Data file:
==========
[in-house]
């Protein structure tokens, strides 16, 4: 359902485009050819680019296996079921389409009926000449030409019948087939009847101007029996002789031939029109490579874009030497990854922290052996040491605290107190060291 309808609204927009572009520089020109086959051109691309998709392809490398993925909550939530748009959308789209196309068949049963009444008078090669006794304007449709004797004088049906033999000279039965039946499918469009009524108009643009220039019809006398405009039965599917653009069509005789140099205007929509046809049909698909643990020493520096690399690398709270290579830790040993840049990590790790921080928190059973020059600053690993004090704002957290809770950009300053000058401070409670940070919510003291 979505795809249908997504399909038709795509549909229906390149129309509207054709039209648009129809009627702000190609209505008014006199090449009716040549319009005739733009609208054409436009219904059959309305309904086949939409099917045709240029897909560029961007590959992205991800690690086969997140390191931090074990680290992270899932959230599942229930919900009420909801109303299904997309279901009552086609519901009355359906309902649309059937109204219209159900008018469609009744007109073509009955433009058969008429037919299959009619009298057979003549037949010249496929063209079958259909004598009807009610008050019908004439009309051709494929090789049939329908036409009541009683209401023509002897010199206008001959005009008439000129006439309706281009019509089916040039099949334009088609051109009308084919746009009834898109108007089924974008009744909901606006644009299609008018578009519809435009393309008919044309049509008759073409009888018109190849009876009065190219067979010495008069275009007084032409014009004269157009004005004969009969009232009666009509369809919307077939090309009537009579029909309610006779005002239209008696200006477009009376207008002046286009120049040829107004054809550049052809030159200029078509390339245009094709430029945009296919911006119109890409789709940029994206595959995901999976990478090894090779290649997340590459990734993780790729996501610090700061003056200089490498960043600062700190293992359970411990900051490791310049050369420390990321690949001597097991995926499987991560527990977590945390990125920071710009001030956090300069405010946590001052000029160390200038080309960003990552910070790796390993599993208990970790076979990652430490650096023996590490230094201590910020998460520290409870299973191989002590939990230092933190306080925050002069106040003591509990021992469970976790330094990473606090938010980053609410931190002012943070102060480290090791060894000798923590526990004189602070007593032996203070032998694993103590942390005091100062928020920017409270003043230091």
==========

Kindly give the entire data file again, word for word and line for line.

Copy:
[in-house]
């Protein structure tokens, strides 16, 4: 359902485009050819680019296996079921389409009926000449030409019948087939009847101007029996002789031939029109490579874009030497990854922290052996040491605290107190060291 309808609204927009572009520089020109086959051109691309998709392809490398993925909550939530748009959308789209196309068949049963009444008078090669006794304007449709004797004088049906033999000279039965039946499918469009009524108009643009220039019809006398405009039965599917653009069509005789140099205007929509046809049909698909643990020493520096690399690398709270290579830790040993840049990590790790921080928190059973020059600053690993004090704002957290809770950009300053000058401070409670940070919510003291 979505795809249908997504399909038709795509549909229906390149129309509207054709039209648009129809009627702000190609209505008014006199090449009716040549319009005739733009609208054409436009219904059959309305309904086949939409099917045709240029897909560029961007590959992205991800690690086969997140390191931090074990680290992270899932959230599942229930919900009420909801109303299904997309279901009552086609519901009355359906309902649309059937109204219209159900008018469609009744007109073509009955433009058969008429037919299959009619009298057979003549037949010249496929063209079958259909004598009807009610008050019908004439009309051709494929090789049939329908036409009541009683209401023509002897010199206008001959005009008439000129006439309706281009019509089916040039099949334009088609051109009308084919746009009834898109108007089924974008009744909901606006644009299609008018578009519809435009393309008919044309049509008759073409009888018109190849009876009065190219067979010495008069275009007084032409014009004269157009004005004969009969009232009666009509369809919307077939090309009537009579029909309610006779005002239209008696200006477009009376207008002046286009120049040829107004054809550049052809030159200029078509390339245009094709430029945009296919911006119109890409789709940029994206595959995901999976990478090894090779290649997340590459990734993780790729996501610090700061003056200089490498960043600062700190293992359970411990900051490791310049050369420390990321690949001597097991995926499987991560527990977590945390990125920071710009001030956090300069405010946590001052000029160390200038080309960003990552910070790796390993599993208990970790076979990652430490650096023996590490230094201590910020998460520290409870299973191989002590939990230092933190306080925050002069106040003591509990021992469970976790330094990473606090938010980053609410931190002012943070102060480290090791060894000798923590526990004189602070007593032996203070032998694993103590942390005091100062928020920017409270003043230091």